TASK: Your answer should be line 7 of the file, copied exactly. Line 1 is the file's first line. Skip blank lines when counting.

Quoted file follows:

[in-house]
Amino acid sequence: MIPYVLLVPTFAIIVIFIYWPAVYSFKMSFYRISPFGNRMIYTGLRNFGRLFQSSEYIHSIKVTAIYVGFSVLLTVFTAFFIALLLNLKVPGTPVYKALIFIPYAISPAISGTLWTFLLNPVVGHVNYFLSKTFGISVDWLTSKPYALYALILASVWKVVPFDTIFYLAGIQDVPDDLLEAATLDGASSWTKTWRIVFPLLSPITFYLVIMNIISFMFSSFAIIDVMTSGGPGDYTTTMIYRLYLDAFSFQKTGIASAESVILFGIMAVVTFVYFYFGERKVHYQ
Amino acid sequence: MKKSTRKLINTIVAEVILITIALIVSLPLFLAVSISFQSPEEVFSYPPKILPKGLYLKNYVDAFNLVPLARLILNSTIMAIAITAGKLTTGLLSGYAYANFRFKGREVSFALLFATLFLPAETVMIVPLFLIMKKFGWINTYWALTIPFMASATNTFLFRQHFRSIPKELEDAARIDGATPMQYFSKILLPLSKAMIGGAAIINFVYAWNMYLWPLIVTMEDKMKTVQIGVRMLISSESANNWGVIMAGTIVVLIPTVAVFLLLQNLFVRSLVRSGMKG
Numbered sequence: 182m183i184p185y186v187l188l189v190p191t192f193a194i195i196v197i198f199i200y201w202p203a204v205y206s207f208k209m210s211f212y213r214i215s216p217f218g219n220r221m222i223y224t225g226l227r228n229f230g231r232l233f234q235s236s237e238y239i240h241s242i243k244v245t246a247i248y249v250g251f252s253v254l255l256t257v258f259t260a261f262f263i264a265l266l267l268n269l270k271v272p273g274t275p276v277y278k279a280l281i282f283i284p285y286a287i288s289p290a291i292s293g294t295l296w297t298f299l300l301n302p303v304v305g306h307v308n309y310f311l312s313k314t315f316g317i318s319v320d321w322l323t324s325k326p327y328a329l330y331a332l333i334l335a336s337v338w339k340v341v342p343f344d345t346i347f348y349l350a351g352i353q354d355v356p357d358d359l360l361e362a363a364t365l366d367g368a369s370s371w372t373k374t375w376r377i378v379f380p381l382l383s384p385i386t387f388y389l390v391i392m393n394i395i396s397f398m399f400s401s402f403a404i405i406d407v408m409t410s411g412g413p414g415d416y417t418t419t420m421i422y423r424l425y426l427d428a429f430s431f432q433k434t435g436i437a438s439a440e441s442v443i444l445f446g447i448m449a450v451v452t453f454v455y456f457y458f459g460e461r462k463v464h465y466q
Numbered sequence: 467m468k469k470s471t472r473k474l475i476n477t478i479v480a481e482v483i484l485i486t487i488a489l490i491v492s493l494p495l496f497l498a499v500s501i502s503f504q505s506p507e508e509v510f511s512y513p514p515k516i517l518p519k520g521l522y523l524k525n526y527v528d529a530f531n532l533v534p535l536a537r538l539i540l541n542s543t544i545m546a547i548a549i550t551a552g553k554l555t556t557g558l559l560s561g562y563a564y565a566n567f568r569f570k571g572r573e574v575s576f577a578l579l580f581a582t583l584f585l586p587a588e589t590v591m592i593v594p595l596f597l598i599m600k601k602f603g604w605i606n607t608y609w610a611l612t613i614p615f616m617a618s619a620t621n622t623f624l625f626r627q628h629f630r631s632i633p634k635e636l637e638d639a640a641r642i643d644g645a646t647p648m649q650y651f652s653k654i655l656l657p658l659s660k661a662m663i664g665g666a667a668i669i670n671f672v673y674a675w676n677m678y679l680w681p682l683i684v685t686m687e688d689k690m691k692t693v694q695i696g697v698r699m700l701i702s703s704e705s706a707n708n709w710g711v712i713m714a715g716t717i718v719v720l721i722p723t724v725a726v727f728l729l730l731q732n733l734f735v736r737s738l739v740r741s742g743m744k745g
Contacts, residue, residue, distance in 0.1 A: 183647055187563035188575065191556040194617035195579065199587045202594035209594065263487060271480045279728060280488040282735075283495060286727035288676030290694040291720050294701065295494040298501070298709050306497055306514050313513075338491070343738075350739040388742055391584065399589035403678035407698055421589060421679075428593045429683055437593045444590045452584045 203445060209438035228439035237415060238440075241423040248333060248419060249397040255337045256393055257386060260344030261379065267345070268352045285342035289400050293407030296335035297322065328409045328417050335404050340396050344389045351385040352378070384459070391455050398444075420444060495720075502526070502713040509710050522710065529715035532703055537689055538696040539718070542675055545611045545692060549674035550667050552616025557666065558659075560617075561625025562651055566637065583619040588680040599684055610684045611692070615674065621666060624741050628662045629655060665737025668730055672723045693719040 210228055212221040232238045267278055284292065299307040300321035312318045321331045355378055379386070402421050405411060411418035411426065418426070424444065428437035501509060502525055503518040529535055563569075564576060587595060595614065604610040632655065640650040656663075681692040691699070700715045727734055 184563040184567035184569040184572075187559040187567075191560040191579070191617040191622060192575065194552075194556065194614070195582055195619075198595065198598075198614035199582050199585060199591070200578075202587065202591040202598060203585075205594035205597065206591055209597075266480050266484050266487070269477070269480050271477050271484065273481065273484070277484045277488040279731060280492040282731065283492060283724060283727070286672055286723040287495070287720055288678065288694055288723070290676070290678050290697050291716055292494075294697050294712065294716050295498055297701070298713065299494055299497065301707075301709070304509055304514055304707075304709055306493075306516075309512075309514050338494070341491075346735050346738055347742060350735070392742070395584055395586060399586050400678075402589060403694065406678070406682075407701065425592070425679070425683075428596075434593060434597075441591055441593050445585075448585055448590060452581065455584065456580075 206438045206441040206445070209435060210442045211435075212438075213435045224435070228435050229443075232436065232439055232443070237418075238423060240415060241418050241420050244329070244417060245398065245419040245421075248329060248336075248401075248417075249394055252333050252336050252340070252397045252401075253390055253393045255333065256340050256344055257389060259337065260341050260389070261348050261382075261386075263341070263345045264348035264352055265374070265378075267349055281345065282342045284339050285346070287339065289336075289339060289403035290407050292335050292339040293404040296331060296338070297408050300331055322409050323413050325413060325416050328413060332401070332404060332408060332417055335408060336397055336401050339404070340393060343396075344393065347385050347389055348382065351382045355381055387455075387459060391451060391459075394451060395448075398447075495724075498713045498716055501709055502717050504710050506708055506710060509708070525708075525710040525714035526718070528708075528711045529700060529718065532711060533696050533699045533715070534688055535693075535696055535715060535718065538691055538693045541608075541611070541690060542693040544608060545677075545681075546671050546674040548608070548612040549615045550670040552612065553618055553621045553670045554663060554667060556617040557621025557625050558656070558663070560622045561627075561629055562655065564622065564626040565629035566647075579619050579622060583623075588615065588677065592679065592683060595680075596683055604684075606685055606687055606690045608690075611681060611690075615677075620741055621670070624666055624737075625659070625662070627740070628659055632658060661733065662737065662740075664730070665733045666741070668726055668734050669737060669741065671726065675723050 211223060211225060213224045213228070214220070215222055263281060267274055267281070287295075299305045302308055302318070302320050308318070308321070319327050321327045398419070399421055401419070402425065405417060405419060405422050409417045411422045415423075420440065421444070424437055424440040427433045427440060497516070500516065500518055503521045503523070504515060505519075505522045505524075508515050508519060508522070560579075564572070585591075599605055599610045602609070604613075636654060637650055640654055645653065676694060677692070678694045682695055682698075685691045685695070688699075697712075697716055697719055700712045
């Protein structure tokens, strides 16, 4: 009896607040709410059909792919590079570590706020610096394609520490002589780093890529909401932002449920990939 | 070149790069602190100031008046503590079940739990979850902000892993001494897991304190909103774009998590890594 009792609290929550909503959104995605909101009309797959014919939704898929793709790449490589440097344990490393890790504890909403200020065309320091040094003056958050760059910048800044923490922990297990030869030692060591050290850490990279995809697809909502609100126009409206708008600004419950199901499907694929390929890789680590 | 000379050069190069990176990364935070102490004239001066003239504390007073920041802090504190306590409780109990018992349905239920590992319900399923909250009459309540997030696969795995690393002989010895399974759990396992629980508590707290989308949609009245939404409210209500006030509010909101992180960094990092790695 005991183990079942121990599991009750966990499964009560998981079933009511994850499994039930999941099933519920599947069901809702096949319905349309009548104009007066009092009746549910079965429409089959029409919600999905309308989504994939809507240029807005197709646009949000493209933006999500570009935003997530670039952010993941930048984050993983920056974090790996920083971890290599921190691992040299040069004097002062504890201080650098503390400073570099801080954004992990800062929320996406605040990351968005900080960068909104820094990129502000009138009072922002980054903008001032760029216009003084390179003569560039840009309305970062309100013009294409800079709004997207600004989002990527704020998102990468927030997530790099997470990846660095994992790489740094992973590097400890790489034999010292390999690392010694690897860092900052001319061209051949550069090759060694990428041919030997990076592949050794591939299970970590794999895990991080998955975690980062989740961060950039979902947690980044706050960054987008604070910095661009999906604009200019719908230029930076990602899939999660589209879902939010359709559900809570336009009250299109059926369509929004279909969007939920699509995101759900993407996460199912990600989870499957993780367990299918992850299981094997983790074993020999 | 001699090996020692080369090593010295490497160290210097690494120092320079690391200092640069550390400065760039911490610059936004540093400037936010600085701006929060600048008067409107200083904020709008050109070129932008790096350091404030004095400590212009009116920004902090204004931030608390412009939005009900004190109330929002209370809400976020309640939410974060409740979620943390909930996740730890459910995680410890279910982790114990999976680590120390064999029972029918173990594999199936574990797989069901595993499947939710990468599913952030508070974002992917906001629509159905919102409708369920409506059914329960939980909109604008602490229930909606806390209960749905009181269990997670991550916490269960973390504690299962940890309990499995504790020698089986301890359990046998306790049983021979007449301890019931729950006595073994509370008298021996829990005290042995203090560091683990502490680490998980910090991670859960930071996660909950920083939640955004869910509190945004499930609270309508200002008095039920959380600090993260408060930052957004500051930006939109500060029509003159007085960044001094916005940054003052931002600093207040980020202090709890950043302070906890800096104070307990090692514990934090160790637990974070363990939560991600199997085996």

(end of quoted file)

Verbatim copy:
């Protein structure tokens, strides 16, 4: 009896607040709410059909792919590079570590706020610096394609520490002589780093890529909401932002449920990939 | 070149790069602190100031008046503590079940739990979850902000892993001494897991304190909103774009998590890594 009792609290929550909503959104995605909101009309797959014919939704898929793709790449490589440097344990490393890790504890909403200020065309320091040094003056958050760059910048800044923490922990297990030869030692060591050290850490990279995809697809909502609100126009409206708008600004419950199901499907694929390929890789680590 | 000379050069190069990176990364935070102490004239001066003239504390007073920041802090504190306590409780109990018992349905239920590992319900399923909250009459309540997030696969795995690393002989010895399974759990396992629980508590707290989308949609009245939404409210209500006030509010909101992180960094990092790695 005991183990079942121990599991009750966990499964009560998981079933009511994850499994039930999941099933519920599947069901809702096949319905349309009548104009007066009092009746549910079965429409089959029409919600999905309308989504994939809507240029807005197709646009949000493209933006999500570009935003997530670039952010993941930048984050993983920056974090790996920083971890290599921190691992040299040069004097002062504890201080650098503390400073570099801080954004992990800062929320996406605040990351968005900080960068909104820094990129502000009138009072922002980054903008001032760029216009003084390179003569560039840009309305970062309100013009294409800079709004997207600004989002990527704020998102990468927030997530790099997470990846660095994992790489740094992973590097400890790489034999010292390999690392010694690897860092900052001319061209051949550069090759060694990428041919030997990076592949050794591939299970970590794999895990991080998955975690980062989740961060950039979902947690980044706050960054987008604070910095661009999906604009200019719908230029930076990602899939999660589209879902939010359709559900809570336009009250299109059926369509929004279909969007939920699509995101759900993407996460199912990600989870499957993780367990299918992850299981094997983790074993020999 | 001699090996020692080369090593010295490497160290210097690494120092320079690391200092640069550390400065760039911490610059936004540093400037936010600085701006929060600048008067409107200083904020709008050109070129932008790096350091404030004095400590212009009116920004902090204004931030608390412009939005009900004190109330929002209370809400976020309640939410974060409740979620943390909930996740730890459910995680410890279910982790114990999976680590120390064999029972029918173990594999199936574990797989069901595993499947939710990468599913952030508070974002992917906001629509159905919102409708369920409506059914329960939980909109604008602490229930909606806390209960749905009181269990997670991550916490269960973390504690299962940890309990499995504790020698089986301890359990046998306790049983021979007449301890019931729950006595073994509370008298021996829990005290042995203090560091683990502490680490998980910090991670859960930071996660909950920083939640955004869910509190945004499930609270309508200002008095039920959380600090993260408060930052957004500051930006939109500060029509003159007085960044001094916005940054003052931002600093207040980020202090709890950043302070906890800096104070307990090692514990934090160790637990974070363990939560991600199997085996």